Leafless Meyer Lemon

Discussion in 'Citrus' started by Roz, Feb 1, 2009.

  1. Roz

    Roz Member

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    My potted Meyer Lemon has lost all of it's leaves.Reading all these threads leads me to believe it's the forced air heat and lack of humidity. I'm left with stalks. Do you think there is any chance that it will grow new leaves in spring? Should I continue to water and hope for the best or am I wasting my time?

    Thank you!
     
  2. K Baron

    K Baron Well-Known Member

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    Fret not, unless you let it go bone dry for weeks, however if the limbs are green and supple, you will have to be patient, and the foliage will return. Keep the plant draft free, heat vent free and plenty of direct daylight, ie: your brightest window...
     
  3. Millet

    Millet Well-Known Member 10 Years

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    The tree will require very little water, because there are no leaves to transpire the moisture. The optimum temperature for root and leaf growth is 86F. I would give your tree a 60/40 chance. - Millet
     
  4. K Baron

    K Baron Well-Known Member

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    I have been in your shoes, the tree looked ravaged and barren, but it came back, and moisture was vital to its' recovery.
    Do not keep the plant above 20c. (70F.) it will other wise perish ( dry out even further ), until leaf set of course.
     
  5. aesir22

    aesir22 Active Member

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    Some conflicting advice lol whether to keep it warm or slightly less warm. If it was me, Roz, I would make sure the air is not baking, but I would heat the soil slightly to provide a good temperature for growth. As for the watering, it will need very little water, but make sure when you do water, it is very thoroughly, and let it dry out between waterings as you would if it had leaves.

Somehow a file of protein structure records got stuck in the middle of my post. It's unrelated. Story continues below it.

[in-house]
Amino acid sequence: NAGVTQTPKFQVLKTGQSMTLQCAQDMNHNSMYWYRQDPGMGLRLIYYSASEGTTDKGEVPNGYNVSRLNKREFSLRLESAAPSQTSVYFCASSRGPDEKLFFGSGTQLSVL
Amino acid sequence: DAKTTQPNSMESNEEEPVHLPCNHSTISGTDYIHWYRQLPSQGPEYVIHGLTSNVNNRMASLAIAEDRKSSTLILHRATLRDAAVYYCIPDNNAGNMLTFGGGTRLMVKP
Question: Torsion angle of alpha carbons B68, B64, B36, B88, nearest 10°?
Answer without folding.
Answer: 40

6. Millet

    Millet Well-Known Member 10 Years

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    aesir22 is correct, when he states providing bottom heat is important for the recovery of your tree. Citrus roots stop functioning at a realitively high temperature of 55.4 F. At or below 55.4F, your tree's root system cannot function, therefore will not have any growth. K Baron is also correct when she lists 70F as an acceptable temperature for citrus roots. Everything in citrus has an optimum growth temperature, and for citrus roots it is 86F. BTW 86F is also an optimum temperature for germinating citrus seeds. Citrus trees produce their food (photosynthates) through a process involving the tree's leaves, light, and CO2. Your tree does not have any leaves to carry this process forward, therefore it must relay on the little amount of green plastids present in the bare trunk, and branches. As long as the wood remains green, there is hope. Still the chances are about 60/40. Just be sure not to over water, a leafless tree will not use much moisture. Luckily for your tree, spring with its longer days is near. Hopefully, the tree will not begin to die back from the top down. Meyer lemon, is not the easiest variety of citrus for a beginner tree. Good luck to this tree. - Millet
     
  7. Roz

    Roz Member

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    Thank you everyone! I'll keep my fingers crossed. I had my first lemon this past summer and I was so thrilled. I finally harvested it for my Christmas pudding in December. I also have a small lime tree which is doing very well.
    Thanks again for your advice. If it doesn't come back, I'll buy another as it gave me a lot of joy.

    Roz
     
  8. Roz

    Roz Member

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    Thank you everyone! I'm so happy to report that I see tiny leaves developing. !!!!! I'm so thrilled.

    Many many thanks for taking the time to respond to my post. I really appreciate it. Hopefully, I'll be harvesting lemons again this summer

    Roz
     
  9. Futura

    Futura Member

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    Great news.
    If you can please attach some photos of your success.
     
  10. 829

    829 Active Member

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    If it is of any help, when I first purchased Meyer's, I had a ball and then winter came and they survived, only to be killed back to the graft last spring during a late arctic blast while in the greenhouse. I nurtured them all of last year and I now am waiting waiting on 22 lemons on 3 plants that budded last September. They are wee tots and the cold garage has made them just about dormant. I water them every 3 - 4 weeks with siphon water from my aquaponics system.
     

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